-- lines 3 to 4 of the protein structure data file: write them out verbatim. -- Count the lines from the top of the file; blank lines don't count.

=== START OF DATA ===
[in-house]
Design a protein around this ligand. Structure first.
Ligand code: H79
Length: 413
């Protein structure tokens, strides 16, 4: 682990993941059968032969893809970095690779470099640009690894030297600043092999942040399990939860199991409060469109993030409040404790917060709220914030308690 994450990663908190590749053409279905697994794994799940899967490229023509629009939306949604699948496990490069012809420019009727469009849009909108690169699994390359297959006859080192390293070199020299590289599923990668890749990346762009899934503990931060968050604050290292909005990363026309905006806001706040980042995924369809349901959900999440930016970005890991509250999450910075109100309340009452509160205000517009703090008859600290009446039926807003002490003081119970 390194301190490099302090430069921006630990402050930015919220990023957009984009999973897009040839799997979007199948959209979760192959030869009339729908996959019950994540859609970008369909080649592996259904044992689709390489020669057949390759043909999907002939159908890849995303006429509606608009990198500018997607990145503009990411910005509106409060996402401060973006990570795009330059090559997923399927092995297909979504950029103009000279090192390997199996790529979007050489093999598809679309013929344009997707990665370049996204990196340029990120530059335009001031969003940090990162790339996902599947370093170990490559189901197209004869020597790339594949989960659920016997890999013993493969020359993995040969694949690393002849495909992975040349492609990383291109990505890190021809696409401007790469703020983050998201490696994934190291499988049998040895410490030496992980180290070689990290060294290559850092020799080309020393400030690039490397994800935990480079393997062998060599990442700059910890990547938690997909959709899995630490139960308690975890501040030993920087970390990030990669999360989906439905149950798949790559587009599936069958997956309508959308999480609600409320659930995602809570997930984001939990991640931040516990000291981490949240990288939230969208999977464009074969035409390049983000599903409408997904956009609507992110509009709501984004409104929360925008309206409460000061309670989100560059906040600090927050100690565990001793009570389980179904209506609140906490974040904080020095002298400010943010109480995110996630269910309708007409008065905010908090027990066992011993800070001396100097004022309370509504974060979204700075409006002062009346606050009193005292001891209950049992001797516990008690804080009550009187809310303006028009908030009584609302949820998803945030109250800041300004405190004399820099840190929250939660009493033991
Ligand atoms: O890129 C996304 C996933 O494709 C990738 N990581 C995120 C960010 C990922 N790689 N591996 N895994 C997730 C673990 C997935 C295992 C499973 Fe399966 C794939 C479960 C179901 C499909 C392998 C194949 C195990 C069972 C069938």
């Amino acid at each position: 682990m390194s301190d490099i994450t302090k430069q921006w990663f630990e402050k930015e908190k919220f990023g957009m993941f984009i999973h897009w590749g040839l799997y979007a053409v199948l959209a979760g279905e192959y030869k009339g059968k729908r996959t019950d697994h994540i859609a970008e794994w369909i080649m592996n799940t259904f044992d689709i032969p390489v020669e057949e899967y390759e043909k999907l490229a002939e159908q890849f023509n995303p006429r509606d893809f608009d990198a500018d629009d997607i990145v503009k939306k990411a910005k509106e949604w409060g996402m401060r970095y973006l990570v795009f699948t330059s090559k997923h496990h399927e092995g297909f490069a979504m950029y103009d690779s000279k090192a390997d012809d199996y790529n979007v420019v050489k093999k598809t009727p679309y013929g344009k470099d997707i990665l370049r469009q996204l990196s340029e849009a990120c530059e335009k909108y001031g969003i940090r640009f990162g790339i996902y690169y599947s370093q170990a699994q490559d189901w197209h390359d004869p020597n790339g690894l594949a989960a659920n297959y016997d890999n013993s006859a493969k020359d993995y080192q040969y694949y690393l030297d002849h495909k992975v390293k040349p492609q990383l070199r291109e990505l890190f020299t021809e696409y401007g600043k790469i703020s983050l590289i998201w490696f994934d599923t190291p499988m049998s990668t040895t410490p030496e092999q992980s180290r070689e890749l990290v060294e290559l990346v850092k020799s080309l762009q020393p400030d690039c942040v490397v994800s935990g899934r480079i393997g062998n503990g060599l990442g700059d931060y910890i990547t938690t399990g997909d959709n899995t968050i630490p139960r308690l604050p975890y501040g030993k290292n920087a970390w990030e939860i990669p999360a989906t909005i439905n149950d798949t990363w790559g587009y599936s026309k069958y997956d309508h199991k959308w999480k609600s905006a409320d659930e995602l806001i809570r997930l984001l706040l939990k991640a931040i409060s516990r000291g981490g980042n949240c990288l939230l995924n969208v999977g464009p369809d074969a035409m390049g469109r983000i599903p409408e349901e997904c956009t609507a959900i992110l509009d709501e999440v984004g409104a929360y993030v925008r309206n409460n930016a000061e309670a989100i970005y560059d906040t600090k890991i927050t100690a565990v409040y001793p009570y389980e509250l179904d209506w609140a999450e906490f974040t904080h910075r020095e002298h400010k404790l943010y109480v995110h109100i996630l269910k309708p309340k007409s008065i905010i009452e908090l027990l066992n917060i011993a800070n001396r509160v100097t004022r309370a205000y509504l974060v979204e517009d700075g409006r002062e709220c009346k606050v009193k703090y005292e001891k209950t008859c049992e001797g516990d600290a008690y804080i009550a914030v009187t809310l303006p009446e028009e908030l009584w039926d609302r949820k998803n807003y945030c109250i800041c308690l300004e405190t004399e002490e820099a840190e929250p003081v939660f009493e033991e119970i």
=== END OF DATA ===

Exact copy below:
Ligand code: H79
Length: 413